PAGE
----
Kannuu Pty Ltd. and Samsung Elecs. Co. Ltd. entered into a non-disclosure agreement (NDA) as part of business discussions concerning Kannuu’s remote control search-and-navigation technology. The NDA contained a forum-selection clause providing that “[a]ny legal action, suit, or proceeding arising out of or relating to this Agreement or the transactions contemplated hereby must be instituted exclusively” in state or federal court in Manhattan. The parties did not reach a deal, and several years later Kannuu sued Samsung for patent infringement. Samsung then filed inter partes review (IPR) petitions against the asserted patents. Kannuu moved the district court for a preliminary injunction compelling Samsung to withdraw the IPRs in light of the NDA’s forum-selection clause.

The district court denied Kannuu’s motion, and the U.S. Court of Appeals for the Federal Circuit affirmed. The Federal Circuit held that the IPR proceedings did not “arise out of” or “relate to” the NDA or the transactions contemplated by it because the NDA “implicate[d] confidentiality and not the intellectual property rights of the parties.” Kannuu accordingly was not entitled to a preliminary injunction because it could not show a likelihood of success on the merits.

In challenging the district court’s decision, Kannuu made two primary arguments. First, Kannuu contended that the NDA applied to Samsung’s IPR petitions because the NDA contemplated a potential license agreement between the parties, and the infringement lawsuit and Samsung’s responsive IPR petitions related to Samsung’s misuse of Kannuu’s confidential information and its failure to license Kannuu’s patents. The Federal Circuit rejected that argument because the NDA was not itself a license agreement; “an invalidated patent,” the court explained, “does not change, disrupt, or otherwise impact the parties’ NDA obligations.”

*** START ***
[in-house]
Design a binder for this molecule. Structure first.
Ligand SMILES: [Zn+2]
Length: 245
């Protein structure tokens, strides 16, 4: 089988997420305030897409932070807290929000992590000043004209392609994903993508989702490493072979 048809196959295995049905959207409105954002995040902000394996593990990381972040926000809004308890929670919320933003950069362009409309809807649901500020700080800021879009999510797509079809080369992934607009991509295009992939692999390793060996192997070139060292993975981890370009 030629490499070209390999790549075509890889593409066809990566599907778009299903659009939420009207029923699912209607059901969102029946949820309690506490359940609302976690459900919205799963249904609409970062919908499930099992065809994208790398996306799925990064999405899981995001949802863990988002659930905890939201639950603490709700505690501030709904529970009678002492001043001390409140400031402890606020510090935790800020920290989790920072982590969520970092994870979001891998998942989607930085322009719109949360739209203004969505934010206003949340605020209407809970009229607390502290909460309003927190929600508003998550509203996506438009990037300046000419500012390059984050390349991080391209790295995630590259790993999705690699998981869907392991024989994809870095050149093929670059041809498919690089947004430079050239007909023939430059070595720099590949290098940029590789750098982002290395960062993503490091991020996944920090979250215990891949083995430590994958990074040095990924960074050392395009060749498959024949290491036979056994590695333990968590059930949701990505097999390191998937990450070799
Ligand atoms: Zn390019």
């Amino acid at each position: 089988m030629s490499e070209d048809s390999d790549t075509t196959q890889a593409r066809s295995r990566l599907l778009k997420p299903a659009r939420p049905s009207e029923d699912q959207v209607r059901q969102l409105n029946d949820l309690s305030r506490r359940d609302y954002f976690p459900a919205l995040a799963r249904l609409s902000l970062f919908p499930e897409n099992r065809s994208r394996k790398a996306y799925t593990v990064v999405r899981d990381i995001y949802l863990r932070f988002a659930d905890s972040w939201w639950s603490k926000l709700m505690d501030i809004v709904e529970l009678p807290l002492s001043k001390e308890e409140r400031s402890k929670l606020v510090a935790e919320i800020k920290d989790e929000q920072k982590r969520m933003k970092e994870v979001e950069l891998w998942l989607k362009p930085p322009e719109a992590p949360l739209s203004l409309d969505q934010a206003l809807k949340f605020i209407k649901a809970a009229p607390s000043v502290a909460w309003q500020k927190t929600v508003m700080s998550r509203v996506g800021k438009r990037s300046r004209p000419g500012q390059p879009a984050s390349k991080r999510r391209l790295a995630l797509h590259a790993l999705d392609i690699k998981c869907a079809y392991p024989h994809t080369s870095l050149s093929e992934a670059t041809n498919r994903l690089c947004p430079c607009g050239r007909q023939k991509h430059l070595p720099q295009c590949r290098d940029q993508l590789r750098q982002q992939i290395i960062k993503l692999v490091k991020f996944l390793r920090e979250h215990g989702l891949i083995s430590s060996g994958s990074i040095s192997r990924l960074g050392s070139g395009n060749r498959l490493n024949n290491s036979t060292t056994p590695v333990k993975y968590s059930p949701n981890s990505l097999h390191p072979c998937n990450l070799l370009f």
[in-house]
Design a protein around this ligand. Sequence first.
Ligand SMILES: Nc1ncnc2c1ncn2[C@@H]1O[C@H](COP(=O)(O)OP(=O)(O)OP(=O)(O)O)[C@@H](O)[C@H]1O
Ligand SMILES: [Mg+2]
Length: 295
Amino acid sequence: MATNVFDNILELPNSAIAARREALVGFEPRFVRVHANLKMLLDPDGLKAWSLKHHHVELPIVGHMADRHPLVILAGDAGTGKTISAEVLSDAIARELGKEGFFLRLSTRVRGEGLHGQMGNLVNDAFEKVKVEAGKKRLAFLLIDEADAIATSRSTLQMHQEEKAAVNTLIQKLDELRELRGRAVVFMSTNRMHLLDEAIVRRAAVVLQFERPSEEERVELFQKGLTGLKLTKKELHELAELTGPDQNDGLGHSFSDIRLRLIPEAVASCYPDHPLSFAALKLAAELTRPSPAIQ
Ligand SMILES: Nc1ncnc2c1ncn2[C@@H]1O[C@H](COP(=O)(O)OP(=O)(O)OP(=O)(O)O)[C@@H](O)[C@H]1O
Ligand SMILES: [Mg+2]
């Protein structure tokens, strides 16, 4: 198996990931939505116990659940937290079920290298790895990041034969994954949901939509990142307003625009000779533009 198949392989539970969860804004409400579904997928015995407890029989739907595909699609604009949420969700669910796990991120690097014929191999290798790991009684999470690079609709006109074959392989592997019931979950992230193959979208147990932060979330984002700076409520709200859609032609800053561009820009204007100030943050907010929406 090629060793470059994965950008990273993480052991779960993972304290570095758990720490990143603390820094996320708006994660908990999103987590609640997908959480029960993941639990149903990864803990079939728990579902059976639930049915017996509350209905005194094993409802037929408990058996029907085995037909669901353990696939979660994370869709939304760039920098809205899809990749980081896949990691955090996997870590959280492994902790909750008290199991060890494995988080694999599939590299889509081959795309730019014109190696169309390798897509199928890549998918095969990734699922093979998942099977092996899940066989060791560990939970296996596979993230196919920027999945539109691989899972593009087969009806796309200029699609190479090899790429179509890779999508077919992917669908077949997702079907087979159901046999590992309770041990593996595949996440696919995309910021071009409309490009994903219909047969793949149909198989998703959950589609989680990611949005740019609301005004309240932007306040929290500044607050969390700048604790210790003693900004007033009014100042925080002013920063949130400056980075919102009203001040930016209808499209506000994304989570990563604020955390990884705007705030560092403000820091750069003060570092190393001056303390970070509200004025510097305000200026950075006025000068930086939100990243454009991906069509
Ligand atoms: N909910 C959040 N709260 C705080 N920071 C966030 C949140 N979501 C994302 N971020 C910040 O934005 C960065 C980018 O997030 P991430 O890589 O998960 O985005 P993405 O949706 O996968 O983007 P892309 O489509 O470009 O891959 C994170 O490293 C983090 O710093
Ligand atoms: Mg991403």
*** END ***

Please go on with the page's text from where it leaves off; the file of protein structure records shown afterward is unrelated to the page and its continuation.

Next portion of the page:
Second, Kannuu contended that the IPR proceedings implicated provisions of the NDA because Kannuu intended to rebut Samsung’s obviousness case with evidence that Samsung copied the patented technology in violation of the NDA. But the Federal Circuit rejected this argument as well, holding that “[t]he connection here—namely the mere possibility of some factual relevancy between the allegations of breach of the NDA and potential evidence in the inter partes review—is too attenuated to place the inter partes review petitions within the scope of an agreement that was always about protecting confidential information and was never about patent rights.”

Judge Newman dissented. In her view, the IPR proceedings should have been deemed subject to the forum-selection clause because they related to the “transactions contemplated by” the NDA—specifically, the failed licensing negotiations between Kannuu and Samsung. She disagreed with the majority’s view that the forum-selection clause did not apply because the agreement in question was an NDA rather than a patent-license agreement.

This article appeared in the Federal Circuit Appeals from the PTAB and ITC: Summaries of Key 2021 Decisions report.

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